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We Spoke to One of the Anarchists Who Designed London's Viral Anti-Cop Posters

Over the weekend, posters that looked like ads for the Metropolitan Police appeared all over the UK capital calling the cops institutionally racist.
December 15, 2014, 3:30pm

Photo courtesy of  ​STRIKE!​ Magazine

This post originally appeared on VICE UK

Over the weekend, posters that looked a lot like a Metropolitan Police ad campaign appeared around London. However, instead of trying to convince you to spend your spare time being a community support officer, they pointed out that the force is institutionally racist and unaccountable. As it turned out, some anti-cop activists had replaced the usual adverts in bus shelters outside New Scotland Yard, and in Islington, Manor House, Lambeth and about a dozen other places, with spoof adverts. Nobody knows who put the posters up. Considering the police have cordoned off several bus shelters around London and appear to be treating them as crime scenes, it probably makes sense for them to lie low for a bit.


But we do know their design can originally be found in a copy of STRIKE!, an anarchist magazine. I asked someone from the magazine to tell me more about why they designed the posters. We chatted about what he thinks of someone plastering London with them, and how he is now slightly freaking out that some angry cops might break down his door and step on his throat and/or balls.

VICE: What was the involvement of STRIKE! in all this?
STRIKE!: We created the original design. It was like two months ago that we did that. They were in response to the Metropolitan Police's Local Policing Campaign [a Met PR campaign].

Do you have any idea who put them up and how?
I have no idea who did it. I don't know where you'd get them printed actually—it's got to be someone with access to a really, really big printer. We have previously done a guide to interacting with bus-stop advertising spaces on our website and in our newspaper and that comes from [anti-advertising campaign] Brandalism.

Are you pleased with how many have gone up and the publicity it's getting?
Enormously pleased, yes. Obviously that was sort of the point, part of the reason that we did is that the Met spent £12.6 million ($19.7 million) in 2012, £9.3 million ($14.5 million) in 2013, and that's on propaganda—you know, all PR is just nice lying. We haven't spent any money on this campaign at all, and it seems to have had quite a big impact, which is really nice. We're sort of run on anarchist principles here at STRIKE! so we encourage horizontal, autonomous action, and it's nice to see that has sparked someone somewhere to go off and do it.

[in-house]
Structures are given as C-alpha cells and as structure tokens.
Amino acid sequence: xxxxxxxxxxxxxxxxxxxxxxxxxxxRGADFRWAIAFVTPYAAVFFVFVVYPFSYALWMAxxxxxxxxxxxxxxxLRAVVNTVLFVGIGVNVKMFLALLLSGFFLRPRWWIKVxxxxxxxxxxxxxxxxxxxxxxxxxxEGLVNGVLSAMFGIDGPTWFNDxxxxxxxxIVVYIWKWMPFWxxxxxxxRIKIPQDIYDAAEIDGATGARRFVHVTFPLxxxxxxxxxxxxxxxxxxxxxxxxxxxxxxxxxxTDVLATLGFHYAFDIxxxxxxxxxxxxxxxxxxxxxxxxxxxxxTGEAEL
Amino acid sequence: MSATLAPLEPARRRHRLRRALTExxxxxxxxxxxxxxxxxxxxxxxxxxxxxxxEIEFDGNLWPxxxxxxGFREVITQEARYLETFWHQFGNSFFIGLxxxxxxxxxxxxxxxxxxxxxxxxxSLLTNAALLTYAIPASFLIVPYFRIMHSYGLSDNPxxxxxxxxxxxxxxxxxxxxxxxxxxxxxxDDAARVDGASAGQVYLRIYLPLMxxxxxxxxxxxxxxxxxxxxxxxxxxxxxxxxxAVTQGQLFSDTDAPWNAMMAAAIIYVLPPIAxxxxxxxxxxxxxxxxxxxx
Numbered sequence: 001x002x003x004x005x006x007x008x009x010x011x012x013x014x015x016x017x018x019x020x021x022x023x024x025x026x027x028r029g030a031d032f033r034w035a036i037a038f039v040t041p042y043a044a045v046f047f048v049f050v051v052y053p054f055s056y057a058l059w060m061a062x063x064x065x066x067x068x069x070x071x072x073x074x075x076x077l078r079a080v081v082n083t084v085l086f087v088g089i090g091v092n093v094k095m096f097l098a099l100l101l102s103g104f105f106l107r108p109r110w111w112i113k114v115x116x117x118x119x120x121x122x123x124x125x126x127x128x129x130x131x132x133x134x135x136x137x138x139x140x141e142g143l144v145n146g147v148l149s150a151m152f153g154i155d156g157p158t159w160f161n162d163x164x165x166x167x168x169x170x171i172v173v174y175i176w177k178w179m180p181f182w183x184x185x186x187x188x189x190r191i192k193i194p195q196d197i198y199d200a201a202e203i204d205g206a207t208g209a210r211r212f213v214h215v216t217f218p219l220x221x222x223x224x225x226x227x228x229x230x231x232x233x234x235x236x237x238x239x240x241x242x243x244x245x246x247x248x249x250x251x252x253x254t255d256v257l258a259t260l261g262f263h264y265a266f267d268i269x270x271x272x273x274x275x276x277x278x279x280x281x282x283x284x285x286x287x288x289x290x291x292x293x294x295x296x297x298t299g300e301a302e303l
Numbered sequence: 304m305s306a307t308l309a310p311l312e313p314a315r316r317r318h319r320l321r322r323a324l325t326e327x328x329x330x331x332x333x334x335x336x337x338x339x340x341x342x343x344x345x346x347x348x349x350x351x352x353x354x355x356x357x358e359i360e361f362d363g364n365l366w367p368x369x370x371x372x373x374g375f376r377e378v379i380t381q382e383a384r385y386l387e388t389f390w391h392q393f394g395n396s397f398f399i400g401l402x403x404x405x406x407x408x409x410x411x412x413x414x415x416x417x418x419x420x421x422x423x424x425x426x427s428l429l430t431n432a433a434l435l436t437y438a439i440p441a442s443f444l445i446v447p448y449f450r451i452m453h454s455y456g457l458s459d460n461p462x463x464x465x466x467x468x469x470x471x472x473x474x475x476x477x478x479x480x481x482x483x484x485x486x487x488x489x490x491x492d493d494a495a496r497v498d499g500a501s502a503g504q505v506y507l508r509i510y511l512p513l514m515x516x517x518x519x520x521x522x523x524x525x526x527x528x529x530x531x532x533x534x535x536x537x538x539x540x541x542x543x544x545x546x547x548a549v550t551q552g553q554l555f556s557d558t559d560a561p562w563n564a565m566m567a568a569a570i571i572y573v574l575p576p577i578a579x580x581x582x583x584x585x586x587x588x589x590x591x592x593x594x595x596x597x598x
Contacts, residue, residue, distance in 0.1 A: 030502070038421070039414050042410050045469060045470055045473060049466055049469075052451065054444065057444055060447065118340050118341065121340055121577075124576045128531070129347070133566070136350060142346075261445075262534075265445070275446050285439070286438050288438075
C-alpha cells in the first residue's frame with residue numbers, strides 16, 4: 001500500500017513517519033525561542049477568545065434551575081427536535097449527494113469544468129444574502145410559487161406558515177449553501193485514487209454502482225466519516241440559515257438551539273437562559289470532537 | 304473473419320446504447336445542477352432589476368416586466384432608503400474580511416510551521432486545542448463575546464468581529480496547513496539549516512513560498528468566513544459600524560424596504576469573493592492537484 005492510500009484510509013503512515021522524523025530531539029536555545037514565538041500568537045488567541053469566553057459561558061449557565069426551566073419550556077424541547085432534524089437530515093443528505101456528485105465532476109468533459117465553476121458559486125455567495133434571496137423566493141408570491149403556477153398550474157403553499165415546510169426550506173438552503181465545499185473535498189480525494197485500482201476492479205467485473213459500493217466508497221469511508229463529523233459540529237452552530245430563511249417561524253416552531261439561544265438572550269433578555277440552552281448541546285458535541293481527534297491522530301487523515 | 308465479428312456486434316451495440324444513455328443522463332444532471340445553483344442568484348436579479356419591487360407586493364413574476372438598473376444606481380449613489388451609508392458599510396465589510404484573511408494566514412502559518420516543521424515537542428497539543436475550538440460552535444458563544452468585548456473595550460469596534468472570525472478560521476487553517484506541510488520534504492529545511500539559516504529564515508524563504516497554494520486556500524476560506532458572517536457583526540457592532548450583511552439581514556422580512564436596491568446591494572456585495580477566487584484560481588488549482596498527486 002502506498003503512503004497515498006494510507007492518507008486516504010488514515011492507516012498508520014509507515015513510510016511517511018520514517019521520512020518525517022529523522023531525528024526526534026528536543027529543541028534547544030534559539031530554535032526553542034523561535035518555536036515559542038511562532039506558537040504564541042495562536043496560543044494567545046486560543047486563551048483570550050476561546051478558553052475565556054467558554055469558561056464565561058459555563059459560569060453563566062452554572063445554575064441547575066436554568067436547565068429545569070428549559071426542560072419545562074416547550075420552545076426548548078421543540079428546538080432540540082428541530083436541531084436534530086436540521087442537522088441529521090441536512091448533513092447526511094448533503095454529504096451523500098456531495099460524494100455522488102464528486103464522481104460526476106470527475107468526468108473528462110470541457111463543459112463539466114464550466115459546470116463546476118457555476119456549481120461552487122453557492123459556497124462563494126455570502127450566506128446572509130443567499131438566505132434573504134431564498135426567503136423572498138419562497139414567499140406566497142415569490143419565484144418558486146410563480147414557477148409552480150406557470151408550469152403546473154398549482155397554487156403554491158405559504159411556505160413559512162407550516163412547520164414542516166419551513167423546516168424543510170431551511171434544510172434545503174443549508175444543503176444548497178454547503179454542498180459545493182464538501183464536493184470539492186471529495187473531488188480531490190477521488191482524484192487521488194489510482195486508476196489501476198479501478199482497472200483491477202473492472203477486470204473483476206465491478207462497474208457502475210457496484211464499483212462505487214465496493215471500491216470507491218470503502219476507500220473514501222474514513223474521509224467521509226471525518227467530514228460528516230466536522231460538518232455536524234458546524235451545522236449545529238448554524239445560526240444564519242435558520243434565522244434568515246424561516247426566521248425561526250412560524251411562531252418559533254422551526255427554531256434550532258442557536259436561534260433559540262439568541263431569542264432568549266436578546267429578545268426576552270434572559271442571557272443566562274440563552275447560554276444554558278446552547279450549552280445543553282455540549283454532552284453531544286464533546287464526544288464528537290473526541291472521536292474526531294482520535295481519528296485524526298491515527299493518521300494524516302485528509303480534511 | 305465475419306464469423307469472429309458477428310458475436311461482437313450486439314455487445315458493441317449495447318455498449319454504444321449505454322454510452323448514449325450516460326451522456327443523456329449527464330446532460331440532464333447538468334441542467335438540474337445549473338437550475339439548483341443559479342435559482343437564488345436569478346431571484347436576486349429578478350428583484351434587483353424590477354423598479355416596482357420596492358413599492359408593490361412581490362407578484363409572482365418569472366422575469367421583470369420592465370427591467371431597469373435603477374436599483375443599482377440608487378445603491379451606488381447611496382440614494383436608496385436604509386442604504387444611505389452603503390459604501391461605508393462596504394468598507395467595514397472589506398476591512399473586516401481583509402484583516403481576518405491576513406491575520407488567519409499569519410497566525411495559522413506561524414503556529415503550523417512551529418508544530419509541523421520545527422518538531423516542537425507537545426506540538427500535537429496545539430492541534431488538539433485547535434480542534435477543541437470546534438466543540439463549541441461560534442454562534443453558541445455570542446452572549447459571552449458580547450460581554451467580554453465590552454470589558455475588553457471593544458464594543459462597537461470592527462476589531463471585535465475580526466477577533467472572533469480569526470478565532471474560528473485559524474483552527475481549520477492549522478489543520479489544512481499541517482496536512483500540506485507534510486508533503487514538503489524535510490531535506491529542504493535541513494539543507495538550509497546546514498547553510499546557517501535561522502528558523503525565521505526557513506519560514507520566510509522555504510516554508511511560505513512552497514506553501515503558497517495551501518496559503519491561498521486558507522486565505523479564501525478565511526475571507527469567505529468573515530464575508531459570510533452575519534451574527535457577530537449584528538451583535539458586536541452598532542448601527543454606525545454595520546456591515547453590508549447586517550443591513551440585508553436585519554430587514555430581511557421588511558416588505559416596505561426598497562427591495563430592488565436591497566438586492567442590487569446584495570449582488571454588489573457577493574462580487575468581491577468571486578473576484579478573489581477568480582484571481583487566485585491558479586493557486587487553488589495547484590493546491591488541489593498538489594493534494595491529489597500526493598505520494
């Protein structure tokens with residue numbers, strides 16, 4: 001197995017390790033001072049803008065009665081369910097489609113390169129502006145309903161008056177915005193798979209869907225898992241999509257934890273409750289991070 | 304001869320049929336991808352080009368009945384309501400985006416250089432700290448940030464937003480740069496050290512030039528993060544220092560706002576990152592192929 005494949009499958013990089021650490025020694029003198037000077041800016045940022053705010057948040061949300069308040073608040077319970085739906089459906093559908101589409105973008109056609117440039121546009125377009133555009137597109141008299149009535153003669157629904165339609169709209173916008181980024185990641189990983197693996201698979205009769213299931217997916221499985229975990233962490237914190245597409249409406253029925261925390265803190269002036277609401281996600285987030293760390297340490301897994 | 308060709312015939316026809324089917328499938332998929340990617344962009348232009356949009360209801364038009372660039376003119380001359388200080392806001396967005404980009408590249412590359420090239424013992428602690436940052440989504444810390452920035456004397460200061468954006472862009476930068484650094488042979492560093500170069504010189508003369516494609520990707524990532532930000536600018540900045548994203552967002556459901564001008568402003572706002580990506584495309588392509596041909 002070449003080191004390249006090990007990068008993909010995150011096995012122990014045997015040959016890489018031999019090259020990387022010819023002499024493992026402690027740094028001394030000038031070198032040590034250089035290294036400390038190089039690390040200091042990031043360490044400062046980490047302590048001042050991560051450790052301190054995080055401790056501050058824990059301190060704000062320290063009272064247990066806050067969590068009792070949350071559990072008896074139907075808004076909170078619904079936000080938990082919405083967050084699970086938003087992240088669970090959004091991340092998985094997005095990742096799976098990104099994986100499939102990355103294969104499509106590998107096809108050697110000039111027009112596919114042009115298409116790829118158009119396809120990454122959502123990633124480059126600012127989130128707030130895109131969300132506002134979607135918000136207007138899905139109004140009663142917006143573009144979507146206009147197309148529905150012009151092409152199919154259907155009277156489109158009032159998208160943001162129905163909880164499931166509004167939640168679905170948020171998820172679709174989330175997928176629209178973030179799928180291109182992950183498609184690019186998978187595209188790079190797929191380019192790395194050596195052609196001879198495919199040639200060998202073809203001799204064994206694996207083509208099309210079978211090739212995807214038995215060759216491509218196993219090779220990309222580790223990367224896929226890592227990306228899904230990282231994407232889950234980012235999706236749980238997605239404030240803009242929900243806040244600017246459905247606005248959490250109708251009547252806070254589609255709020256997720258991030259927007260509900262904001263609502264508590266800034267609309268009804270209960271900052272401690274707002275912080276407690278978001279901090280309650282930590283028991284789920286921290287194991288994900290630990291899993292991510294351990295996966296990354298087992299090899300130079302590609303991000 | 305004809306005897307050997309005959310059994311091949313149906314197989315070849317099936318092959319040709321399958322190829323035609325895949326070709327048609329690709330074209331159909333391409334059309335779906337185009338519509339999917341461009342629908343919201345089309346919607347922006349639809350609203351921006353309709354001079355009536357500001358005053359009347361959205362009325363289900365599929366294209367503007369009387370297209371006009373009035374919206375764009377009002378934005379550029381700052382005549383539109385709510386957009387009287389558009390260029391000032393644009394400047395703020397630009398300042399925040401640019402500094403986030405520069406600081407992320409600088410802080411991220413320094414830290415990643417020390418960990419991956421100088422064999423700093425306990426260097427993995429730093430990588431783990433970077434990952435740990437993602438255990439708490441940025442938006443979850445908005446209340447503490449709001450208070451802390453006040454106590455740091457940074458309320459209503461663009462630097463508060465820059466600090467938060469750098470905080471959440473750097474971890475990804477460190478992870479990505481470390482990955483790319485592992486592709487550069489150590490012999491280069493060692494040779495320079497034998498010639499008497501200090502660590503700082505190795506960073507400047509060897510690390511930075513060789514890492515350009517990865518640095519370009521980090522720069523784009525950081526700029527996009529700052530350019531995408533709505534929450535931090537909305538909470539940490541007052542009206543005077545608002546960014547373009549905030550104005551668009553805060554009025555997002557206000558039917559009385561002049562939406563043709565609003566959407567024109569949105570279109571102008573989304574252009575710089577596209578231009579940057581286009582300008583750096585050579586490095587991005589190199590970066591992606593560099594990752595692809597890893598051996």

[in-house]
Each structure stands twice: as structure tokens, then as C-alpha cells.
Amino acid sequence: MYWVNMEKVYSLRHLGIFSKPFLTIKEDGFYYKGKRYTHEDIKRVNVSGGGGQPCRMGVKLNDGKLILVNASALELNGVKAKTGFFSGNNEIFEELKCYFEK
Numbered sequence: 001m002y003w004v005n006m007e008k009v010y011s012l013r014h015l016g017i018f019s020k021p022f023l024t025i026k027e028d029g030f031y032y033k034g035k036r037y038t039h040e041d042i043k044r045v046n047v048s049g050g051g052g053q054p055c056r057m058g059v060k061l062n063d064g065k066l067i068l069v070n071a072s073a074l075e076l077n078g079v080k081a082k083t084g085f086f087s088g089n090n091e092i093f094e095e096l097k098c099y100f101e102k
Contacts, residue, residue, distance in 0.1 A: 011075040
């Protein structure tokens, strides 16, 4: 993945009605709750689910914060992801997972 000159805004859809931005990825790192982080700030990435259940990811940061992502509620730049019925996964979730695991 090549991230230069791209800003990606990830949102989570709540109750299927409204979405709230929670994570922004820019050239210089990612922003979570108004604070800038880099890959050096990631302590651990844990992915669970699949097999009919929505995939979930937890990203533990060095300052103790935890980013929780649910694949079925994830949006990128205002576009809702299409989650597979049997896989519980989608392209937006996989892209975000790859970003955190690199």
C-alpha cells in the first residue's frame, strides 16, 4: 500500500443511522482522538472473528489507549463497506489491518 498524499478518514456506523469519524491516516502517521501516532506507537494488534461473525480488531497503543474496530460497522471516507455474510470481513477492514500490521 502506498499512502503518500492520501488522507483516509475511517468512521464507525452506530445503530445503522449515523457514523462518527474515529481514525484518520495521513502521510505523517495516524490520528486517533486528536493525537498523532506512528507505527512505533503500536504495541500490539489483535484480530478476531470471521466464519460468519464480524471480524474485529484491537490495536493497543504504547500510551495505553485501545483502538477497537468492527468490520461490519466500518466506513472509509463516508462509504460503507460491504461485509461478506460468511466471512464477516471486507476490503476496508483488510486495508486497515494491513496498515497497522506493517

Do you hope this happens more?
I can't incite [crimes] in the present, but I think about when change has happened previously. Women have the vote now because women in the past went out and threw rocks through windows at Buckingham Palace, through the windows of Downing Street, so I hope that future generations will be grateful for this present action.

Police abuse of power is in the news at the moment because of what's happening in the US. Do you think that's got something to do with the timing?
People have made quite a bit about the timing, but we've been talking about police brutality, police racism, and police corruption since our first issue two years ago. Since the inception of the police force, people have been campaigning against large men with sticks beating up minorities—whether that's economic or racial minorities—so perhaps it's more the case that more and more people around the world are waking up to the fact that they don't want large men with sticks policing their communities. There's another interesting thing about the timing, that they [the posters] went up on the 13th of the 12th—the 13th of December. 1312 is code for ​ACAB [All Cops Are Bastards]—it's a bit like​ 420. It's like international ACAB day. That could be why they chose that particular day.